It was established as a one-day market for locals to buy provisions for Christmas and the cold winter months that followed.

Now, however, it has evolved into a major tourist attraction while retaining its warm and welcoming spirit.

We think the market retains its historical charm, with many vendors dressed in traditional Polish attire, adding to the authentic atmosphere.

How to plan a visit to Krakow Christmas market

Consider these tips as you plan your festive trip:

Planning: We think that visiting on weekdays will help avoid weekend crowds, especially during peak season. That also means booking your accommodation early too.

Clothing: Krakow winters can be quite chilly, with temperatures often dipping below freezing. Pack warm layers – thermals, a winter coat, hat, gloves, and sturdy boots are essential. Be prepared for snow too.

Currency: Poland uses the Polish Złoty so it’s a good idea to exchange some currency beforehand or use a travel card. Many stalls accept debit and credit cards, but some will only deal in cash.

  • Souvenirs: The unique Polish keepsakes we mentioned earlier include intricately crafted amber necklaces and hand-painted wooden boxes depicting Polish folk scenes. You could even buy a warm and stylish sheepskin hat or scarf to keep you cosy during your visit. For friends and family, take a pack of beautifully decorated pierniki cookies home to share.
  • Basic Polish phrases: While we found that many Poles speak a good level of English, learning a few basic Polish phrases will be appreciated, such as ‘Dzień dobry’ (Hello), ‘Dziękuję’ (Thank you), ‘Proszę’ (Please), ‘Przepraszam’ (Excuse me), ‘Wesolych Świąt Bożego Narodzenia’ (Merry Christmas).


Krakow Poland Christmas Market

This video is in 4K by Planet Krakow and shows the market in all its glory.

It’s worth noting, because the video starts there, that the square has an indoor market in the middle of it which is open all year but at Christmas everything is bedecked in decorations and lights.

The presenter says there are carol concerts every day and the stalls with handicrafts are impressive from glassware to metal work and pottery.

We also get to see the lace tablecloths and various clothes on sale.

The presenter also highlights that the stalls appear to be different with more variety to enjoy than the year before.

The mulled wine stalls do a roaring trade, plus there are different versions with fruits including raspberry, for instance.

The video is made on the opening day and the snow is starting to fall so wrapping up to keep warm will help visitors enjoy the market.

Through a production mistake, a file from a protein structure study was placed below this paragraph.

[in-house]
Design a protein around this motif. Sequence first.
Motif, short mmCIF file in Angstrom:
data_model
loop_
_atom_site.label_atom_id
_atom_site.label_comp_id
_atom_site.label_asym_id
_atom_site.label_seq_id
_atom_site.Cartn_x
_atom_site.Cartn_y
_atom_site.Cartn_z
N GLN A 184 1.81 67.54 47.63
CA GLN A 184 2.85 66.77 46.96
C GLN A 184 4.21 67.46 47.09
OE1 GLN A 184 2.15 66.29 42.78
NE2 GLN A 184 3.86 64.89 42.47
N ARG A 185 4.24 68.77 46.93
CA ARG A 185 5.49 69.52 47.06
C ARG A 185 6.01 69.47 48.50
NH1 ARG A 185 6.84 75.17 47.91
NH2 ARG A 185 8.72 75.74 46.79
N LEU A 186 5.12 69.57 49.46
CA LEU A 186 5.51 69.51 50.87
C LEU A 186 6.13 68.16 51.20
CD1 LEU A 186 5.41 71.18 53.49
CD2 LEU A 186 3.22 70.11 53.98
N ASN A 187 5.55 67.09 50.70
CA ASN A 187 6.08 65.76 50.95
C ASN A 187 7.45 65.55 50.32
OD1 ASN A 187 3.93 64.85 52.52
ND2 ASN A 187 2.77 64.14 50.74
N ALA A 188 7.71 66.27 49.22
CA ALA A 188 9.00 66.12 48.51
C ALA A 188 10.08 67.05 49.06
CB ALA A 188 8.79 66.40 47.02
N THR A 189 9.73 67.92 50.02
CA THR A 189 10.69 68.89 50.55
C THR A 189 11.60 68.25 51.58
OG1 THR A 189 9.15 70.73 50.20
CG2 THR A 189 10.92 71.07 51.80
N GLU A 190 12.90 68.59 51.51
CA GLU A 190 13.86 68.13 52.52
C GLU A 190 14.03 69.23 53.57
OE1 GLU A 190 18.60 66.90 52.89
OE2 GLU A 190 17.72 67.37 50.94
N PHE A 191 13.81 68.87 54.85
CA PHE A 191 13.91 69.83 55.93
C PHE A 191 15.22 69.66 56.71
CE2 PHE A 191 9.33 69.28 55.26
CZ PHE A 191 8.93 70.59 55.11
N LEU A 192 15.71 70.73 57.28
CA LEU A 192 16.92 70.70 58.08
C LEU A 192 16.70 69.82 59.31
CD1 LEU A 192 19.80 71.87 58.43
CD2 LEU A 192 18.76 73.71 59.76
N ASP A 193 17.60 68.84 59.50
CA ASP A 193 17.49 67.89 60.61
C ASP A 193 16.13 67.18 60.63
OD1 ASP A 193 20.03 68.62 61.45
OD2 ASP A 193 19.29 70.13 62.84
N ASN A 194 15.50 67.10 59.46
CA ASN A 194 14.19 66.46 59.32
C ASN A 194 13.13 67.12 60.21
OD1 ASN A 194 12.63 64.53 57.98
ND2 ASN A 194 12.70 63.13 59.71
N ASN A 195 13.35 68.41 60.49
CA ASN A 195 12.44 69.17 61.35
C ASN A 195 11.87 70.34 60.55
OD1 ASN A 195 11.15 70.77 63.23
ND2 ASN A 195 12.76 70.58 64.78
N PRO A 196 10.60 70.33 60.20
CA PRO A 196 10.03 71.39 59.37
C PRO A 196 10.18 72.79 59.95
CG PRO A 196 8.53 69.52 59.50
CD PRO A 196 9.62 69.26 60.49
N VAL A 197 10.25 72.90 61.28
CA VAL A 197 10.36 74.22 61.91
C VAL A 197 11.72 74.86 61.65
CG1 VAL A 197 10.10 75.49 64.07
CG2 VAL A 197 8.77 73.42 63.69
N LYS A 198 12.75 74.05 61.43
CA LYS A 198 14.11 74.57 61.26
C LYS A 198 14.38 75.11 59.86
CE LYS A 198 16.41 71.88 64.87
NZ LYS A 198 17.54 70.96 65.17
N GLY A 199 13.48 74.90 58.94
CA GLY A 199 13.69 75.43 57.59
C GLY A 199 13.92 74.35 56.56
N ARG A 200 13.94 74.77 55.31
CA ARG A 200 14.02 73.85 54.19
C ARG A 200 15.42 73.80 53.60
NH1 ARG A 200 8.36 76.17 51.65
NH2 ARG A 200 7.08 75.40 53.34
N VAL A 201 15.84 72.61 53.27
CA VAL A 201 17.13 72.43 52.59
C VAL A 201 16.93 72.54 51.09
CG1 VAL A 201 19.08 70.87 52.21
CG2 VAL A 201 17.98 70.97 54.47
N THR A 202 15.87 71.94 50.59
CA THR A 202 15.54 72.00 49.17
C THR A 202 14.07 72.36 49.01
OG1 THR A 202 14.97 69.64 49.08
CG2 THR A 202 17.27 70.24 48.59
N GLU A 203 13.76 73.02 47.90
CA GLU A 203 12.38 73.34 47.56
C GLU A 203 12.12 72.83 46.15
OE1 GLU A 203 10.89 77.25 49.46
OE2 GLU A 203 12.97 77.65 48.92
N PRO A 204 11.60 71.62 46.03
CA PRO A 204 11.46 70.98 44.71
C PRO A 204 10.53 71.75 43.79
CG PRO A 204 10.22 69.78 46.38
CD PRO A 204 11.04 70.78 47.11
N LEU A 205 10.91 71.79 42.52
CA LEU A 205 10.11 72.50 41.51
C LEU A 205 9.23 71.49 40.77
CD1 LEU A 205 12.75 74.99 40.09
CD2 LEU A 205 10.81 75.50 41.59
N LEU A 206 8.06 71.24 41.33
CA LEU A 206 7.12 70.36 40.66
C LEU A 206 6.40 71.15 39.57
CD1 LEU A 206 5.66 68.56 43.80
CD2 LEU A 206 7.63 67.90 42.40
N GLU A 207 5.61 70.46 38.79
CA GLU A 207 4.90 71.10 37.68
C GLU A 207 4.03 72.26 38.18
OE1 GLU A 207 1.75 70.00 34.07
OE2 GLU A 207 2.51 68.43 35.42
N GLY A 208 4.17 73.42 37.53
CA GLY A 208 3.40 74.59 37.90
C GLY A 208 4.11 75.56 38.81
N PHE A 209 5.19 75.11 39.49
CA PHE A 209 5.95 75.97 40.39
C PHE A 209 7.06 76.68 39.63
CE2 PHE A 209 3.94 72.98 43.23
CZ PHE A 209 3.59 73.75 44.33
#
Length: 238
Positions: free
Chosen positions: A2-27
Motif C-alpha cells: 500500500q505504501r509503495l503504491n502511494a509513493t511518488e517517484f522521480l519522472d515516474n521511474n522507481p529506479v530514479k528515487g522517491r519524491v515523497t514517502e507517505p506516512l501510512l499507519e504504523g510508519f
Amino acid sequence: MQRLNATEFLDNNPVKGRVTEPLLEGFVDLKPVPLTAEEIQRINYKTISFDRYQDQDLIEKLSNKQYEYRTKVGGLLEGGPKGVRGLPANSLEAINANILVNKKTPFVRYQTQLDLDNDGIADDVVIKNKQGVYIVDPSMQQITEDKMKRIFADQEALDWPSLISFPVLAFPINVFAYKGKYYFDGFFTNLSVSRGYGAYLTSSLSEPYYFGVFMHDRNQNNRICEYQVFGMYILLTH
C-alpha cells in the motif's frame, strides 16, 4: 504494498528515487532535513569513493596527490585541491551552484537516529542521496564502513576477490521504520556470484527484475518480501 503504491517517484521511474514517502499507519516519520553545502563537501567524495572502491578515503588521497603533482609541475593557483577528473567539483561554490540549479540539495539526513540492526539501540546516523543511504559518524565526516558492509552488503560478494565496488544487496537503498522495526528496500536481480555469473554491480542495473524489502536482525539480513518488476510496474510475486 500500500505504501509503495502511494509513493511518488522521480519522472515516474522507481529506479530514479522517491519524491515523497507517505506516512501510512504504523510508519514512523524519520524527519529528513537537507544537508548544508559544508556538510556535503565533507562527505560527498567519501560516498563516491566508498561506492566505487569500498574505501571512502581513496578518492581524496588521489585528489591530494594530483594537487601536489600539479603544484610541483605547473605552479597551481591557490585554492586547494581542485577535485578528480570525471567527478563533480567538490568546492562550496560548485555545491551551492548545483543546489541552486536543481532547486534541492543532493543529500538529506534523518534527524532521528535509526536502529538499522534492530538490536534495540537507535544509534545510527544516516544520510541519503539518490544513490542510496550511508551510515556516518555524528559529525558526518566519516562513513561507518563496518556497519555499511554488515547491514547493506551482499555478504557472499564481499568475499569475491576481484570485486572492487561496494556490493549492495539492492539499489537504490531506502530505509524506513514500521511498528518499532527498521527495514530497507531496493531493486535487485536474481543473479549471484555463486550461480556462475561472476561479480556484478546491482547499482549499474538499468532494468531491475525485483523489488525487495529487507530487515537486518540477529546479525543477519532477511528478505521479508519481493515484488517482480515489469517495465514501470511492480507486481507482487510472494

Viewers will get a good idea of what the market is about watching this video – and why it is growing in popularity.


How to get to Krakow for Christmas

The best and easiest way to visit Krakow for the Christmas market from the UK is to fly.

  • Flying: The UK airports with direct flights to Krakow include Leeds Bradford, Heathrow, Birmingham, Manchester, Gatwick, Stansted and Luton. The airlines that fly direct include Ryanair, easyJet, Jet2, Wizz Air and British Airways. Fares vary but Flightscanner highlights that the trip takes between two and two and a half hours. On average, a flight costs £110 – though we found a £15 offer from Stansted and many more charging between £40 and £75.
  • Train: While it is a scenic journey, you’ll have to take the Eurostar to Cologne and then to Berlin before connecting to Krakow. The journey takes between 16 to 23 hours. It can be surprisingly expensive too with Eurostar tickets starting at £156 to Cologne and £40 on to Krakow – though we did find tickets on other train travel platforms for £500.
  • Driving: Travelling by car is an option but the journey is just over 1,000 miles. You’ll need to factor in the cost of the Channel Tunnel – the most popular route – or a ferry. Plus, food for what is a long trip.
  • Coach: Travelling by bus is the cheapest option and the journey takes up to 35 hours. Costs range from £75 to £200, depending on when you travel.

Staying in Krakow

Krakow offers a variety of accommodation options, from charming boutique hotels in the Old Town walls to cosy guesthouses and Airbnbs. Here are some factors to consider when choosing your stay:

Budget: There’s a good choice of budget hostels and hotels in Krakow including HI Hostel Krakow in the Old Town with beds from £15. The Flamingo Premium Hostel is also in the heart of the city, Miodosytnia Aparthotel in the Kazimierz district and Hotel Alf which is a cheap hotel a bit further away from the centre.

  • Mid-range: Hotel Wawel Krakow is a charming offering and close to Wawel Castle and the main square. It offers comfortable rooms with traditional Polish décor and modern amenities with prices from £70 per night for a double room. There’s also Hotel 32 Kraków Old Town, Hotel Wentzl and Hotel Wielopole which is a classically furnished 3-star hotel.
  • Luxurious: Hotel Copernicus is a luxury hotel in a historic Old Town building. It offers spacious rooms with elegant décor and modern amenities, and prices start at £200 per night for a double room. There’s also Bonerowski Palace and Hotel H15 Luxury Palace.